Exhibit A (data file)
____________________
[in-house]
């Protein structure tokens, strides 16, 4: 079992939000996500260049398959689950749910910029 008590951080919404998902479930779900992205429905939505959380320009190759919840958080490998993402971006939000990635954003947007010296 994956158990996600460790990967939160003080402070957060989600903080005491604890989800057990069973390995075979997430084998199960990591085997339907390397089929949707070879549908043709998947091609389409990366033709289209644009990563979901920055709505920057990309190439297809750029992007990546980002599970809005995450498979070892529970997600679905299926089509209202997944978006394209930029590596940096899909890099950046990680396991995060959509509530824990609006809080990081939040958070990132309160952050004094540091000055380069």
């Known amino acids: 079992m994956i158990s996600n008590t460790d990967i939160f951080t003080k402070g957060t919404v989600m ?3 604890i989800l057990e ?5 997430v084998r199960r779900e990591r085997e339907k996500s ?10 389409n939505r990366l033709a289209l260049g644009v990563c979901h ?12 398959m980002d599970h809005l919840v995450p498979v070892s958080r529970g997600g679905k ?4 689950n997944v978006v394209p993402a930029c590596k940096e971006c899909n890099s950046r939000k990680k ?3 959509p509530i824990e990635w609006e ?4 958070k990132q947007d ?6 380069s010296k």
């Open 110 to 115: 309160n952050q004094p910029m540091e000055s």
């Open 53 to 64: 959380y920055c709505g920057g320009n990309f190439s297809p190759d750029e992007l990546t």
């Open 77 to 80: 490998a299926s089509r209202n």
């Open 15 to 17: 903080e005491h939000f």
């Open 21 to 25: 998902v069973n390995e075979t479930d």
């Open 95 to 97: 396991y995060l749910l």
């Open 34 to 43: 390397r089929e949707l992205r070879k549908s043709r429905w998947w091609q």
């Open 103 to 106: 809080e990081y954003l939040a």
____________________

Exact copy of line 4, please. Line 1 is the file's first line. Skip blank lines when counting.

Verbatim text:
């Open 110 to 115: 309160n952050q004094p910029m540091e000055s």